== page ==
In many ways, last year’s PES was a better game than FIFA 17.
It was more nuanced, less reliant on pace and allowed you to employ more varied tactical approaches, rather than just looking to play through-balls in behind the opposition defence or shoot from distance. Pro Evo’s crossing in particular was a revelation, allowing deadly whipped balls where FIFA could only manage to launch harmless, floaty crosses into the area.
But PES 2017’s online mode was a shambles, with a matchmaking system that was at best unfit for purpose and at worse entirely absent. That cost it dearly in a world where online play is key to Maldini-esque longevity. Taking on Barcelona all the time, even if you’d chosen to play as Burton Albion (or at least the game’s version of them), got tedious very quickly.
So can 2018’s version improve even further on the pitch and fix the underlying issues that so fundamentally hobbled it? We pulled on our virtual boots to find out.
The first thing you’ll notice, after the overdue addition of the one-player kick-off, is that passing feels a little looser than before. It could get a touch magnetic in PES 2017, and while that was great for your metronomic tiki-taka, it sometimes felt like the game was going a bit too easy on you, even on the hardest difficulty setting.
That means you’ll spend the first few games raging at your players for their inability to complete what used to be fairly straightforward passes, but soon you’ll become accustomed to the slightly more relaxed style and concentrate on playing it safe. Playing the ball into your frontmen requires good control, strength or a combination of the two, and without support, more often than not it’ll go nowhere.
In fact, do everything at one pace and you’ll struggle to get anywhere. Creating opportunities is about taking risks and the changes to the passing only emphasise that. Players are now better at using their bodies to shield the ball, so you can combine changes of direction with bursts of pace to keep the ball and recycle possession.
Occasionally a pass will inexplicably go astray, either to a teammate it wasn’t intended for or, if you’re unlucky, to a point where it’s easily intercepted by an opposition player. A certain number of these are an inevitable result of the game and your button inputs not quite being in sync - how does it tell the difference between a short, hard pass and a softer, longer one? - and they’re acceptable up to a point. Besides, no real-life team has ever finished a game with 100% passing accuracy and if everything you did went exactly as you imagined it you’d score with every attack, but there are times when a move will break down as a result and you’ll want to pull your hair out.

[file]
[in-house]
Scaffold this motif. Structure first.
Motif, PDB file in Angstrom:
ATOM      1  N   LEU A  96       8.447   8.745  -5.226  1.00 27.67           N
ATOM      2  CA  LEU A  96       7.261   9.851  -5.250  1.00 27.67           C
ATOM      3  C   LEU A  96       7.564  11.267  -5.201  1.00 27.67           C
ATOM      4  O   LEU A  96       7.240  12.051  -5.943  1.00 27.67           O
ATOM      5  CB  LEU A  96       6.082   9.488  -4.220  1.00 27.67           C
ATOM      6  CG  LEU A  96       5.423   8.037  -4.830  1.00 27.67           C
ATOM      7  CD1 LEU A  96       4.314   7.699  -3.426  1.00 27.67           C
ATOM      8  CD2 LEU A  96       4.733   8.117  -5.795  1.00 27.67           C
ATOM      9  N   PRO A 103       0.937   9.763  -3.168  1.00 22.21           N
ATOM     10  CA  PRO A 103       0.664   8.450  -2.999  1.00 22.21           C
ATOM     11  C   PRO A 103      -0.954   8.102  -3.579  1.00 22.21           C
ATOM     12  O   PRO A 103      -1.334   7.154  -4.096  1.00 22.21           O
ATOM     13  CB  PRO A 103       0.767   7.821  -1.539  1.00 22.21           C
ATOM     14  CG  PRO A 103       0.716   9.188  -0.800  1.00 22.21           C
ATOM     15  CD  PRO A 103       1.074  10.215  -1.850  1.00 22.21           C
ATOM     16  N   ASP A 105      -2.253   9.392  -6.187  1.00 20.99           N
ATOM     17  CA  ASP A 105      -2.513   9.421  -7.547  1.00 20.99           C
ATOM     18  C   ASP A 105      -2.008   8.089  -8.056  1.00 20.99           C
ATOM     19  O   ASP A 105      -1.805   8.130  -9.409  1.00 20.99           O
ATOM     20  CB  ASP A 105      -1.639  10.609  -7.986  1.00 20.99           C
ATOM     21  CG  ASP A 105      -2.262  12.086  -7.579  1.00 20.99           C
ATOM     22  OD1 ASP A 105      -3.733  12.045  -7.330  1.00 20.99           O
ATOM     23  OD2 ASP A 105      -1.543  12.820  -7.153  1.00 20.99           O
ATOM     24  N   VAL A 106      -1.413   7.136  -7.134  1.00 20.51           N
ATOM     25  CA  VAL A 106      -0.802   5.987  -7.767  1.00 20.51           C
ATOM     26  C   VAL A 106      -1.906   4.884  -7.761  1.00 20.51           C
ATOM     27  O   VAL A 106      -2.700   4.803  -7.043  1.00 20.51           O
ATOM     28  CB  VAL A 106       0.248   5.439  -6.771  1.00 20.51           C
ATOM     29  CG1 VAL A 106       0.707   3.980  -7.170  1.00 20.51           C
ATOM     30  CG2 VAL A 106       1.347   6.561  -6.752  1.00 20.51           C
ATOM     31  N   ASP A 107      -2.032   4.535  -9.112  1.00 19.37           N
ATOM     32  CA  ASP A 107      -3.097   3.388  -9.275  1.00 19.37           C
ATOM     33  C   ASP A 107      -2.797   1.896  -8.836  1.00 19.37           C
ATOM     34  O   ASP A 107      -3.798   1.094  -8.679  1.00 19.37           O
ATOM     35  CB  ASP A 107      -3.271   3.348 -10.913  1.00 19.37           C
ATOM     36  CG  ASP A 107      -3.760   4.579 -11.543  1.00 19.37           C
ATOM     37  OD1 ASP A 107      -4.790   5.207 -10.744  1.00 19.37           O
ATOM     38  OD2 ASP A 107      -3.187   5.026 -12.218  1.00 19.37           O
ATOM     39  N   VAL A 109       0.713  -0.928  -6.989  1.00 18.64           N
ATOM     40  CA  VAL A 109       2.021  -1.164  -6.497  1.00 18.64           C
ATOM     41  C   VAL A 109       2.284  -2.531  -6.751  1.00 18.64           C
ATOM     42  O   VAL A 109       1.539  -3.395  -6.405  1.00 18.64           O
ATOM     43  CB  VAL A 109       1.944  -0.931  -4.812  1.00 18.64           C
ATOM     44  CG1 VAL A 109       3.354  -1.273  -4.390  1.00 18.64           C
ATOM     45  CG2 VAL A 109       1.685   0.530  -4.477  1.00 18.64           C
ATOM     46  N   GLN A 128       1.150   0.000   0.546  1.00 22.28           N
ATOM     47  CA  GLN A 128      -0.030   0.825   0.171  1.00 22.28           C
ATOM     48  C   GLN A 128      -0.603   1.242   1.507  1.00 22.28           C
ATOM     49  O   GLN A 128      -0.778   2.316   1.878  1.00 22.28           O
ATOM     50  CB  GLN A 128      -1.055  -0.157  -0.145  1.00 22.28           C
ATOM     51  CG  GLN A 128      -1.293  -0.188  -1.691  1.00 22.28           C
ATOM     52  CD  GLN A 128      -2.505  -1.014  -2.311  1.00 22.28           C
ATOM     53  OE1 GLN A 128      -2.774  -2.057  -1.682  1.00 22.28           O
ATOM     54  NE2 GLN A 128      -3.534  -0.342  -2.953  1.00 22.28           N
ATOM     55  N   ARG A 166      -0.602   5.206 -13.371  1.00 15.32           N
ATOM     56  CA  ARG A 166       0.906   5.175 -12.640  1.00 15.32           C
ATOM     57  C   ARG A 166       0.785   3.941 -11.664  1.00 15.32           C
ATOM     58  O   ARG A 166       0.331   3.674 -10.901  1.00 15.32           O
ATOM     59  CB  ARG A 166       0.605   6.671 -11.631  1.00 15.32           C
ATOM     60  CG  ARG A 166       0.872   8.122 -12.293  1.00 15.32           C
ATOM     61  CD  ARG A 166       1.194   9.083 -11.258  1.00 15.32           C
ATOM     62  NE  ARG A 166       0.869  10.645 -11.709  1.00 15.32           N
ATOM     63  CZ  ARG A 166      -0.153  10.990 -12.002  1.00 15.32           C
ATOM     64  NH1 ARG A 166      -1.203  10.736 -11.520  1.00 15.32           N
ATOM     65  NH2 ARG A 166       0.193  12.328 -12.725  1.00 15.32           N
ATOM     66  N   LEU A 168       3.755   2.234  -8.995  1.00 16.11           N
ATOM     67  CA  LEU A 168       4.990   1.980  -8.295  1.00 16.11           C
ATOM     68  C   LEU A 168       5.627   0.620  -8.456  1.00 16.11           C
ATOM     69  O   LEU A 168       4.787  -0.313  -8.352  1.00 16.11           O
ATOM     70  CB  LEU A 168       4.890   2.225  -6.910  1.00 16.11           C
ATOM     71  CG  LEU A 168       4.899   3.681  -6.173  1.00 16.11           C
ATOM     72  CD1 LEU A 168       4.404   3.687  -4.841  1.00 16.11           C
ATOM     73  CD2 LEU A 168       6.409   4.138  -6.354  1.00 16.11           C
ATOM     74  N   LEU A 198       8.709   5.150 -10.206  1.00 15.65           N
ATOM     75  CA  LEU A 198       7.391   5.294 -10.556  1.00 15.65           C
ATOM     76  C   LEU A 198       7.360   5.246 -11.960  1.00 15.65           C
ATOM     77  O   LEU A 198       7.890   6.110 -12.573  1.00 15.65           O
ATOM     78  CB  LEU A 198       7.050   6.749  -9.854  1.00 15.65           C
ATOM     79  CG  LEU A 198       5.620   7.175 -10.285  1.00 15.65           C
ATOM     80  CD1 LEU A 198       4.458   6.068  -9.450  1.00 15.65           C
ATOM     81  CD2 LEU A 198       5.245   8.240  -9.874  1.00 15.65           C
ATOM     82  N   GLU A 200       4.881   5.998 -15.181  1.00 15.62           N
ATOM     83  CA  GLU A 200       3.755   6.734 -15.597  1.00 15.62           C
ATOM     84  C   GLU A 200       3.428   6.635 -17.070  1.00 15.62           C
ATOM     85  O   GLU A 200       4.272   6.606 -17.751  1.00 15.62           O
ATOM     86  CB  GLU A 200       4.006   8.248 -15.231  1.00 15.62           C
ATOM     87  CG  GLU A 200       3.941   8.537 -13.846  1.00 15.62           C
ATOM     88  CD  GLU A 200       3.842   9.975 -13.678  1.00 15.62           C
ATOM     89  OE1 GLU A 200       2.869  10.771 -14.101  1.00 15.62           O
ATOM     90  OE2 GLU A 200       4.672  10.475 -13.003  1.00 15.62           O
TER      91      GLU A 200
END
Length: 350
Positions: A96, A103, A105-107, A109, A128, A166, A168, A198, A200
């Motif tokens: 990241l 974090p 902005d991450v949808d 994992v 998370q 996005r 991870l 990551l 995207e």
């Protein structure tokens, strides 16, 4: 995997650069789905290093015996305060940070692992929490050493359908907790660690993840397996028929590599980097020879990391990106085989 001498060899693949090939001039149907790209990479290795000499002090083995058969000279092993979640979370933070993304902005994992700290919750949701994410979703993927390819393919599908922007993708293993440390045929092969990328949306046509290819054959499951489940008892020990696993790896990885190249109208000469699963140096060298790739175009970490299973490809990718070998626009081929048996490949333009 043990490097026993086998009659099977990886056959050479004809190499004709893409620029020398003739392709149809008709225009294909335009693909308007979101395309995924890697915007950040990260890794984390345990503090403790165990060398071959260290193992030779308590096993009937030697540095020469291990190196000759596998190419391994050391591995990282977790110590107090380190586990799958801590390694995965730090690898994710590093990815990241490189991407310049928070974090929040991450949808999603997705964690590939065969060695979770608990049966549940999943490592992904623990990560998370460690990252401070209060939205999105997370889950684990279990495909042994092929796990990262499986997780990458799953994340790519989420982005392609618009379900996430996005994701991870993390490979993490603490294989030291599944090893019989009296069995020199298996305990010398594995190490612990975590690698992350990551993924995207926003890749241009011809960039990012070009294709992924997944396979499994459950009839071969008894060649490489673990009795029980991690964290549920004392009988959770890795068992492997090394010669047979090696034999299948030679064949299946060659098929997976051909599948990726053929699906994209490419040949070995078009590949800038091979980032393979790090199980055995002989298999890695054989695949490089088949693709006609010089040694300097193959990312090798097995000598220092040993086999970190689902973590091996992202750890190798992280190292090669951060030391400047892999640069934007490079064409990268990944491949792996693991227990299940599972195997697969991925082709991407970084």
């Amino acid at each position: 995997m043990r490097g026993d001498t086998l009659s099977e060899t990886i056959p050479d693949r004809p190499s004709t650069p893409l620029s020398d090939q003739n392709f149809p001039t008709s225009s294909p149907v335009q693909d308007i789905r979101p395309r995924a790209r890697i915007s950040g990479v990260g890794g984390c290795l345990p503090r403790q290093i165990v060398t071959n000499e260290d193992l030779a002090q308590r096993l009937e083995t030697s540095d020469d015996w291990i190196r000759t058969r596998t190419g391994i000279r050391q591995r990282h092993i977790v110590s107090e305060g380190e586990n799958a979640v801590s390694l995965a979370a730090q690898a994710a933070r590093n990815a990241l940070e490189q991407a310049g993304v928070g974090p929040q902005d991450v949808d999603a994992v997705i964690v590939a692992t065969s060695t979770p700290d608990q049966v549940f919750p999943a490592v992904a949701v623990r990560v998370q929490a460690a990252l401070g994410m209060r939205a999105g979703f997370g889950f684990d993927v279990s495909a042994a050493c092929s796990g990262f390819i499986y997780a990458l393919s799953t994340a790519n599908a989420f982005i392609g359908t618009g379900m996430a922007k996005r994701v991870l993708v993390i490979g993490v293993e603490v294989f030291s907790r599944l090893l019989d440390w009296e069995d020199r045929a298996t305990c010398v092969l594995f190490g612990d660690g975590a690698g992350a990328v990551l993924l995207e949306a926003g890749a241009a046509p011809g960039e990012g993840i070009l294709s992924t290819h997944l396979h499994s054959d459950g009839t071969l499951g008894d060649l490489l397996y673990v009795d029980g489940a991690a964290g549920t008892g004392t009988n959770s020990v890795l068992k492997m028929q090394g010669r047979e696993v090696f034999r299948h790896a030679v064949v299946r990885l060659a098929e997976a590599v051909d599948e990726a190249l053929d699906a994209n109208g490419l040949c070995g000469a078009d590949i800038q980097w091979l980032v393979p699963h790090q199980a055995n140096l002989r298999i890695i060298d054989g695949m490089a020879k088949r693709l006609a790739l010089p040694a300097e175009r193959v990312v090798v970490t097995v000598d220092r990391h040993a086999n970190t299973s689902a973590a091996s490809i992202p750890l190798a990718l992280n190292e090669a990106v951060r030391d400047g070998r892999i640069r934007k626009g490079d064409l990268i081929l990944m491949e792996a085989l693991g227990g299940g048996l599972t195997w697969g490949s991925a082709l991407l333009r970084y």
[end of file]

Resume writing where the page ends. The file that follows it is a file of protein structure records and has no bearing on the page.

A defensive masterclass
Perhaps the opposition teams have just got better. Against AI PES 2018 is definitely a tougher game. Failure to maintain defensive shape will more often than not result in conceding a goal as opposition forwards look to exploit gaps left by your wandering back line.
Defending in general seems tougher but more satisfying. Winning defensive headers, particularly from corners, is all about timing, with a couple of steps usually required to get above your opposite number and head the ball away. It feels like there’s less luck involved, giving you more chance of winning the ball against strikers that are good in the air.
Konami has also added an indicator to show which player you’ll take control of next when you’re defending, which goes some way to taking any guesswork out of your defensive organisation, although it still has a habit of refusing to give you control of a man behind the ball when you’re chasing an opposition breakaway.
All your hard work can also be totally undone by a goalkeeper parrying a shot rather than holding it, which they seem to do just often enough to make it annoying. Although perhaps we just spent too many games playing with Simon Mignolet between the sticks.
Setting the pace
PES 2018 is played at a slower pace than your typical FIFA fan will be used to, but it’s a better game for it. Tear around the pitch at full speed and you’ll regularly find yourself dispossessed. Laying off the sprint button opens up the pitch, giving you time and space to find a teammate or take your marker by surprise by suddenly bursting past them. That makes it possible to play on the edges of your opponent’s penalty box looking for an opening.
Konami has added what it calls Real Touch+, which basically means that dextrous use of the left stick can be used to manipulate the ball in tight spaces, allowing you to beat opposition defenders and exploit the smallest of gaps without having to learn any beat-‘em-up-style button combos. Wannabe Ronaldos can still spend hours perfecting stepovers, flip flaps and rainbow flicks but the point is you can beat players with just a good old-fashioned burst of pace.
It also means a player will attempt to use the most suitable part of their body to control or pass the ball depending on how they receive it. Sounds like a really basic thing, right? But it opens up the possibility for Zlatan-style kung-fu finishes, cute outside-of-the-boot control and ensures defenders try to head the ball back to the keeper when possible rather than putting him under pressure with a back-pass. It sounds minor but it helps build confidence in possession, which is important when losing the ball in your own final third can so easily mean conceding.